The latest on financial infidelity, retirement savings, and one woman’s money journey

The latest on financial infidelity, retirement savings, and one woman’s money journey

Here are some favorite personal finance reads from around the web this week.


My boyfriend has been lying to me about money

—The Cut

Is “financial infidelity” as bad as the real thing? I’ve written a lot about what makes for a financially healthy relationship, and talking about money can bring up feelings of fear and shame—especially if you’re not where you want to be in your financial goals. If your partner lies to you about money, here’s some advice on what you can do. And remember: Keep the conversation going.

This is how much money you should have in savings at every age


While there’s no hard and fast rule for how much money you need to retire, the supersmart Sallie Krawcheck sets some goals to get you started. They won’t work for everyone but might help you think harder about retirement savings.

This is what life without retirement savings looks like

The Atlantic

It’s getting harder for Americans to retire on time. The sad fact is, 12.4% of seniors over age 65 are still in the workforce, without enough saved for retirement. Which is why it’s so important for millennials today to get started early—even if it’s as little as a few dollars a month. It makes a difference, trust me.

How one woman’s salary went up & down over 10 years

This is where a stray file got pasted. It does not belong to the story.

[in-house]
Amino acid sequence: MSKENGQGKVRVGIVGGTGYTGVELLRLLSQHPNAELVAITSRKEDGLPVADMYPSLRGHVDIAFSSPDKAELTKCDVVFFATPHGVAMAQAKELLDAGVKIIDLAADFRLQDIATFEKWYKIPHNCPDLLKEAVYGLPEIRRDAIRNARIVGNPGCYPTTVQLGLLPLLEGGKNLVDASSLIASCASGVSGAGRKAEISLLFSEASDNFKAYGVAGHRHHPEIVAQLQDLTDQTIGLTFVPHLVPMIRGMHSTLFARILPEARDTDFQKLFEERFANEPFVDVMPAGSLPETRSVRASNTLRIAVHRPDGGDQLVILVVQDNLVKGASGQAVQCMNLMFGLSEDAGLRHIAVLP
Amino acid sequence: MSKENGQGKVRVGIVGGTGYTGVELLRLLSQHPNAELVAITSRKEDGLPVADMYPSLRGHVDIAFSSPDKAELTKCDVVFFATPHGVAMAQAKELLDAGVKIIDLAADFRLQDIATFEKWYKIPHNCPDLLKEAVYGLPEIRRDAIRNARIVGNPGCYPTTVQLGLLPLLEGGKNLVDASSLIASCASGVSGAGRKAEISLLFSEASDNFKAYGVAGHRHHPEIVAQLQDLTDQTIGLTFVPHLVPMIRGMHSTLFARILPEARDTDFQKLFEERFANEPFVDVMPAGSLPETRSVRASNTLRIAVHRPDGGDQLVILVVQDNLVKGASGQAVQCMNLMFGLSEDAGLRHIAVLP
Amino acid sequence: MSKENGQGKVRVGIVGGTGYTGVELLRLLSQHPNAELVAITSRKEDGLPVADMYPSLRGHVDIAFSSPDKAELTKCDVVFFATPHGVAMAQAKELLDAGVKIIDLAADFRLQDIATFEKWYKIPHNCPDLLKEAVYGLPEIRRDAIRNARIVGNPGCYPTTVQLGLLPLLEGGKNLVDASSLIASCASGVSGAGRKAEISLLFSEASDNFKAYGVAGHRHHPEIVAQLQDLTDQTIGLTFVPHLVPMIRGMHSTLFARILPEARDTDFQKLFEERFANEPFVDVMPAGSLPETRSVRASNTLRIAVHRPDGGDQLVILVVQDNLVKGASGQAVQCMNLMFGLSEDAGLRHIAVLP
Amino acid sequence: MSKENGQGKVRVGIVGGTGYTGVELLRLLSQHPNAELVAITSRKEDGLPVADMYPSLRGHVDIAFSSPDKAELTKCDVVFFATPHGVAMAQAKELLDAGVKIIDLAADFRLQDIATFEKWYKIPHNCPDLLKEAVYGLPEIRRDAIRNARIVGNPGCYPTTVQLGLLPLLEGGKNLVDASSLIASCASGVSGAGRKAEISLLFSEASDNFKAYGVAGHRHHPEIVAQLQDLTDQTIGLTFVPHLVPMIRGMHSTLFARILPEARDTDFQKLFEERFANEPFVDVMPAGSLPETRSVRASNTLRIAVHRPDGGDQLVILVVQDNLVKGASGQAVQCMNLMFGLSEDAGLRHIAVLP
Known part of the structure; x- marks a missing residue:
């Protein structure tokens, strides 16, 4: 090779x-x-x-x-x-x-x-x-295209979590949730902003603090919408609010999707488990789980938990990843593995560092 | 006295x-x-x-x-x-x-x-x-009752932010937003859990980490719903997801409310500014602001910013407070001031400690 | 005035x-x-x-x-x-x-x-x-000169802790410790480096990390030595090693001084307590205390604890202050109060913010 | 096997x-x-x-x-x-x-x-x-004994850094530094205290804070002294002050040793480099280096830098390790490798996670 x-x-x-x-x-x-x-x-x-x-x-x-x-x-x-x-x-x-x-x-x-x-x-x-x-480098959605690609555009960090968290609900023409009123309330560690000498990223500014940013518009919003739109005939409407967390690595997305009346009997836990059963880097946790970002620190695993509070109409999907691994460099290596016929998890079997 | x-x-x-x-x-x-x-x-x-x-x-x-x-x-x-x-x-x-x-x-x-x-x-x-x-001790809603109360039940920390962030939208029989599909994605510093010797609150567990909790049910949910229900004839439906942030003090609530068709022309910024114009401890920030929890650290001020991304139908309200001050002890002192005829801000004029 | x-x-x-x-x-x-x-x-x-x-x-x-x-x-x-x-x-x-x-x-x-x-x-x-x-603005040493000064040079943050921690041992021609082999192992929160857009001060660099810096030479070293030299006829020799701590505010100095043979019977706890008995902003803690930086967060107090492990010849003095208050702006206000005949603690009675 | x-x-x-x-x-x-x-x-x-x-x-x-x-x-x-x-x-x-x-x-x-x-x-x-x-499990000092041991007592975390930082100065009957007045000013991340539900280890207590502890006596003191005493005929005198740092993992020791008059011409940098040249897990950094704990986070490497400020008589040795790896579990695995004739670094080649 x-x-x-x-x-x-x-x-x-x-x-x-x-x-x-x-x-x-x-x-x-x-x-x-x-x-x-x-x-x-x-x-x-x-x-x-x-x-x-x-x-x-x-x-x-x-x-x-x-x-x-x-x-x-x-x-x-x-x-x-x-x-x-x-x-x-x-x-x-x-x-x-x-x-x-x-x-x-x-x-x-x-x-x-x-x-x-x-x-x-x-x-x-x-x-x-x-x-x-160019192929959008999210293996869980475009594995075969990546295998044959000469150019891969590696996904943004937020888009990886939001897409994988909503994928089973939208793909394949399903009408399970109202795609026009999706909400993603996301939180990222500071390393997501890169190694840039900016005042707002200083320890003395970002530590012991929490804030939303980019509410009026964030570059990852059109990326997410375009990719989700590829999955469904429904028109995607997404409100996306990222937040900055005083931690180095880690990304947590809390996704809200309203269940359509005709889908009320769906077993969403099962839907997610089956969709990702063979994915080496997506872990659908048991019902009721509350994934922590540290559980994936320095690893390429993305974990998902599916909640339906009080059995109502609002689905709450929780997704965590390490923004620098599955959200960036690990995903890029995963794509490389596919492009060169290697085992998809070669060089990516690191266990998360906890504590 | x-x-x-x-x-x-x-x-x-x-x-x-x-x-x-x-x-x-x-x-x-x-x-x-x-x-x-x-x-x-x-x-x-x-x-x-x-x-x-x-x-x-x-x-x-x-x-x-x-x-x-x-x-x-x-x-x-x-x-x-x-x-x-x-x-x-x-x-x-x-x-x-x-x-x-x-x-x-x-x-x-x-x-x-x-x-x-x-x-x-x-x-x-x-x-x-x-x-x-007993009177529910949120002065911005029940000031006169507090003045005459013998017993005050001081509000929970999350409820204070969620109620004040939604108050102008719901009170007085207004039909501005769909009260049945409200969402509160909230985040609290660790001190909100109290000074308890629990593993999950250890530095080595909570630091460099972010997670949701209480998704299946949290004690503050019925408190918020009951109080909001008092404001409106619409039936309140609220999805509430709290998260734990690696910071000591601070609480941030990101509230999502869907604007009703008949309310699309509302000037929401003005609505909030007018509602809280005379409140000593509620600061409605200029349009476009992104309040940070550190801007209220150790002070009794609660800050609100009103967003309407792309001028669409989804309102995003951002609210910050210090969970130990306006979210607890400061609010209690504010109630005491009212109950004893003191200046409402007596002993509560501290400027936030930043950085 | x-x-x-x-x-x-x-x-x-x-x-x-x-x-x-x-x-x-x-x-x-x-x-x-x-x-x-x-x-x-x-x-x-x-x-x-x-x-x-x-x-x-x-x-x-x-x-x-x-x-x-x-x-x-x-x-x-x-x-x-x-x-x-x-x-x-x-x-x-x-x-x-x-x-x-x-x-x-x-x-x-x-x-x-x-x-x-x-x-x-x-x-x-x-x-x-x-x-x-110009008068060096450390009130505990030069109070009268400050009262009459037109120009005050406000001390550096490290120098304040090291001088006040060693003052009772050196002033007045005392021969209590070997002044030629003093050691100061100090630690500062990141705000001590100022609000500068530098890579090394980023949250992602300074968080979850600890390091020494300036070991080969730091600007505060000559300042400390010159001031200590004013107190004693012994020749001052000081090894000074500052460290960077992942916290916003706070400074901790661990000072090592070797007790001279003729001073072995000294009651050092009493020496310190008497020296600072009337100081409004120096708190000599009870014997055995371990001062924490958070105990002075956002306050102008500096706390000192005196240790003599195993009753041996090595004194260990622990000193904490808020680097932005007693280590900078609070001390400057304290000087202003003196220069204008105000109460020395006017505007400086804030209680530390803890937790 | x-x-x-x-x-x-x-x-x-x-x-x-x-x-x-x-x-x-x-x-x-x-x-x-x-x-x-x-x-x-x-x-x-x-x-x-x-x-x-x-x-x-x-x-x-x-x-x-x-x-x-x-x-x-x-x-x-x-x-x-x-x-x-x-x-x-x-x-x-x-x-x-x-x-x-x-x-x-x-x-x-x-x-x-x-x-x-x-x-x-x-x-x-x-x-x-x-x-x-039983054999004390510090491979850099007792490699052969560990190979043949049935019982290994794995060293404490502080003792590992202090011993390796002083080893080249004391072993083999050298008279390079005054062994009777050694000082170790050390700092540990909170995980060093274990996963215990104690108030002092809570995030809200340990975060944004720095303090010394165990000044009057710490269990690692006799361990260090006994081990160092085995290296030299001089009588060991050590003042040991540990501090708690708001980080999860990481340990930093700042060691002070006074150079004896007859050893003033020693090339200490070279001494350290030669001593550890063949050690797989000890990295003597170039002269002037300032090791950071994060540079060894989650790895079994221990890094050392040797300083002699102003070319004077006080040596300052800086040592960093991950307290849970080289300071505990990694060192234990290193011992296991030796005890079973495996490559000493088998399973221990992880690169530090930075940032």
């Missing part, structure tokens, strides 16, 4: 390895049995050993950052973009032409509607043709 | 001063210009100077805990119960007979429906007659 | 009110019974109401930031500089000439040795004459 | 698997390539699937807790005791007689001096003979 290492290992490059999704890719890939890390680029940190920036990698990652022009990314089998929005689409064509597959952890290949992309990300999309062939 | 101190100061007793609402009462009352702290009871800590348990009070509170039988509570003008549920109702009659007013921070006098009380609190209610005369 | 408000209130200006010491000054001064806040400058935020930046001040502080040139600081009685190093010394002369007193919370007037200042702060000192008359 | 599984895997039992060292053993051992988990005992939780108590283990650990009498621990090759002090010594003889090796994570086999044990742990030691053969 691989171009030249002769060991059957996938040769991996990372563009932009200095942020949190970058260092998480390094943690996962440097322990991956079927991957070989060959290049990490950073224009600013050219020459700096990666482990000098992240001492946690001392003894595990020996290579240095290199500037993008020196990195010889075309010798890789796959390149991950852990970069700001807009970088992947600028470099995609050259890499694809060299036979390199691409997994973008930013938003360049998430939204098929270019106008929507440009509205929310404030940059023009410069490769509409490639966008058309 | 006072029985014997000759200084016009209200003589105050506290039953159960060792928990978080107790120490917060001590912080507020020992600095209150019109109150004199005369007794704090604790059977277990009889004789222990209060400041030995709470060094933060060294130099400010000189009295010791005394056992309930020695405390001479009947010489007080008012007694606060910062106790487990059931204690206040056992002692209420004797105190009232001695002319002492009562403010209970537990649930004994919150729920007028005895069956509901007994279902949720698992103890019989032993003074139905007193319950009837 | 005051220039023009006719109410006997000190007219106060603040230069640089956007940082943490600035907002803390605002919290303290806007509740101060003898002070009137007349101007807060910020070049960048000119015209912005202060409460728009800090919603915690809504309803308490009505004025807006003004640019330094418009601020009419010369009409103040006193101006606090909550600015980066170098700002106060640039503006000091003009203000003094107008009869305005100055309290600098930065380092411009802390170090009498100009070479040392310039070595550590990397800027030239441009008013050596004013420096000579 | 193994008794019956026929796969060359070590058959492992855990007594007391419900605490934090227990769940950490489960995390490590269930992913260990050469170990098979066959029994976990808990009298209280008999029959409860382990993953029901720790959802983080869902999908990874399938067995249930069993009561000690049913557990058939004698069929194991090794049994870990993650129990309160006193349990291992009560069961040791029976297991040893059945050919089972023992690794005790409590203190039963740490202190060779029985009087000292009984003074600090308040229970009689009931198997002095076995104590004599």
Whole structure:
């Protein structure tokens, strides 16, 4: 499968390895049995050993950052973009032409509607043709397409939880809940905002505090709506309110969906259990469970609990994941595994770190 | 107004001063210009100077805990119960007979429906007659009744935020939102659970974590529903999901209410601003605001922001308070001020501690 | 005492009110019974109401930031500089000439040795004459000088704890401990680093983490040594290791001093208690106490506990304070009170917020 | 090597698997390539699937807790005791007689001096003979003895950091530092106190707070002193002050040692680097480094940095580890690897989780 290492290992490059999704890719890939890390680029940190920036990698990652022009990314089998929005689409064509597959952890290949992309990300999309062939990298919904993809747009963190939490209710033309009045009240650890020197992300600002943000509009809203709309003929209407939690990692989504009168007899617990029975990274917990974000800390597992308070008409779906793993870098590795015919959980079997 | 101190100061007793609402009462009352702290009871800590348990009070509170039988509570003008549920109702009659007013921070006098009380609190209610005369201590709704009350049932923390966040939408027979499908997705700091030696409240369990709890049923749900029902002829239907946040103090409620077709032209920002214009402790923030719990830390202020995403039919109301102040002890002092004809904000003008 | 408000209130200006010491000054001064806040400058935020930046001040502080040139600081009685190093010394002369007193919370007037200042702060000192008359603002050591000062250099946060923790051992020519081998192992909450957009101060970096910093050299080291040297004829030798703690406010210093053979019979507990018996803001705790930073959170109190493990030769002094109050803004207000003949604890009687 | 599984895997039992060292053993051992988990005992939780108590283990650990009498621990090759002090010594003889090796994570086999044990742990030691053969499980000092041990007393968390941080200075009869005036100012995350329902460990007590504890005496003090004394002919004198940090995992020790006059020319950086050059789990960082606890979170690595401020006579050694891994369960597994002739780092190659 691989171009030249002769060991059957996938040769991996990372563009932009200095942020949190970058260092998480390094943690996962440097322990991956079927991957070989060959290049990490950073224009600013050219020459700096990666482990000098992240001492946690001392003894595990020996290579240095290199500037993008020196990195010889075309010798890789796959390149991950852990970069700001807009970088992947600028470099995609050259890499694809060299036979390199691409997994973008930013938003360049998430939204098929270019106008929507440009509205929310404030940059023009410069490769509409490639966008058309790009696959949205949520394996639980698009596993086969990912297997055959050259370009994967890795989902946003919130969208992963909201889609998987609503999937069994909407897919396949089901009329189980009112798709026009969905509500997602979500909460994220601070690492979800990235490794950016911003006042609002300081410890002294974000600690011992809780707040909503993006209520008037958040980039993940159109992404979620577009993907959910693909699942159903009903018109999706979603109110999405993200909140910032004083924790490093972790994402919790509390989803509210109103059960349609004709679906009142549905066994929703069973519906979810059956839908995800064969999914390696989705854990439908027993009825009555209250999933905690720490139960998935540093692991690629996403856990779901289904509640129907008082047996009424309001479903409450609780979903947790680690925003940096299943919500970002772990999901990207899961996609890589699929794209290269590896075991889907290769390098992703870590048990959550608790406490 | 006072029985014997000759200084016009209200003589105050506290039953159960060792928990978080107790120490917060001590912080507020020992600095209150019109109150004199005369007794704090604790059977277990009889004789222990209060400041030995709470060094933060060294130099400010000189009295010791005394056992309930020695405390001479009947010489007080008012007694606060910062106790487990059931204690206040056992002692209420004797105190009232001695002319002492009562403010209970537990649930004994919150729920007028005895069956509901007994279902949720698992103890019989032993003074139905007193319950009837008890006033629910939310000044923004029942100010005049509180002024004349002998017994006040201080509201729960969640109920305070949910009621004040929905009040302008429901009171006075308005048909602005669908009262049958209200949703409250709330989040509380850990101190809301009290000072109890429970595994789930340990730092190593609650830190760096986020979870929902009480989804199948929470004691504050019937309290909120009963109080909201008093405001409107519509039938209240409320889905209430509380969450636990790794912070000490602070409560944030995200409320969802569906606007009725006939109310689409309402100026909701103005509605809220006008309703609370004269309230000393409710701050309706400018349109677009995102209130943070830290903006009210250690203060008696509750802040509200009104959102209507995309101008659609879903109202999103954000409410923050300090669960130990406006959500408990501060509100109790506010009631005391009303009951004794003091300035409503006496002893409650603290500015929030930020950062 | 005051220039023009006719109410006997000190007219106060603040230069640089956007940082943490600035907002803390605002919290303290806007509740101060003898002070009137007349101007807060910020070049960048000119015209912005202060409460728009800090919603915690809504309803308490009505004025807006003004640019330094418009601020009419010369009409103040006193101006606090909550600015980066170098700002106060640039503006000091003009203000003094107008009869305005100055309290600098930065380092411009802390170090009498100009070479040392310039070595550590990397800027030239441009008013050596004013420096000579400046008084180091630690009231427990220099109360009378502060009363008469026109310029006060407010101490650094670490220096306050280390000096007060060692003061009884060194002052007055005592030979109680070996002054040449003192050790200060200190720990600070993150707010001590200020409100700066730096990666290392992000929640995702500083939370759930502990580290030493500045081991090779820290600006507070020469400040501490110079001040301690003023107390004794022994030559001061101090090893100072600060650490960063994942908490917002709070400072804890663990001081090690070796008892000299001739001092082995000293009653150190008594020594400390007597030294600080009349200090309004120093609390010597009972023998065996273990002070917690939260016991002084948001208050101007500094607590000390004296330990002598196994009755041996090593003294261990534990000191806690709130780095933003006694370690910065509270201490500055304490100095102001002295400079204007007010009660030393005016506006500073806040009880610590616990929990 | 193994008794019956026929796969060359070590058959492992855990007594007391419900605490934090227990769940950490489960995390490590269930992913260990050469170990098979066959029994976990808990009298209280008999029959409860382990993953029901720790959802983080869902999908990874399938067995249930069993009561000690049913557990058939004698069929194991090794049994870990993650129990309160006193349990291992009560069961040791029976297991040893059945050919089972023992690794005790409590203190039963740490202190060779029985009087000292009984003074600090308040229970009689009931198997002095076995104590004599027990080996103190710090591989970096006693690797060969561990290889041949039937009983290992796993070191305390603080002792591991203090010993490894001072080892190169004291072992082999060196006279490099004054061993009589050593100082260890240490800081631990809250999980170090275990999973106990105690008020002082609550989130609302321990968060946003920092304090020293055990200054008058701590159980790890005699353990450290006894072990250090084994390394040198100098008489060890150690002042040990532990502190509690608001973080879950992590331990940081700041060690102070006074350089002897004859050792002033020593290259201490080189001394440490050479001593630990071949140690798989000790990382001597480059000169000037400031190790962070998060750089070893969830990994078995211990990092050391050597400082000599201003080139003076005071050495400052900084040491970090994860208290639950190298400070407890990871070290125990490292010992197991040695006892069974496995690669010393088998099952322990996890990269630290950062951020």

Most of us will have many jobs in our lifetime. This piece follows one woman’s salary through 10 years—a brilliant way to show how our complex relationships with money are constantly changing. How do our priorities evolve over the course of 10 years? Why choose a lower-paying job over a higher-paying one? Major kudos to this woman for being brave enough to talk so honestly about her money.

Craving more financial finds? Here are my latest blog posts!

3 lessons for millennials from the financial lives of U.S. Olympians (and one thing not to do)

This year’s Olympians have had money struggles that are a lot more relatable than screwing up a quad lutz. Here’s what the Olympians can teach us about money.

My personal finance soul sister

Before Lydia Ratcliff became a sustainable farming pioneer, she was a personal finance ghostwriter. In fact, Ratcliff and I held the same job, decades apart, writing for Sylvia Porter—America’s first personal finance columnist. 

My husband wants to go back to grad school and switch careers. Should he?

Should you take out grad school loans to train for a new career you’re more passionate about? This week in Ask Beth, I weigh the pros and cons.

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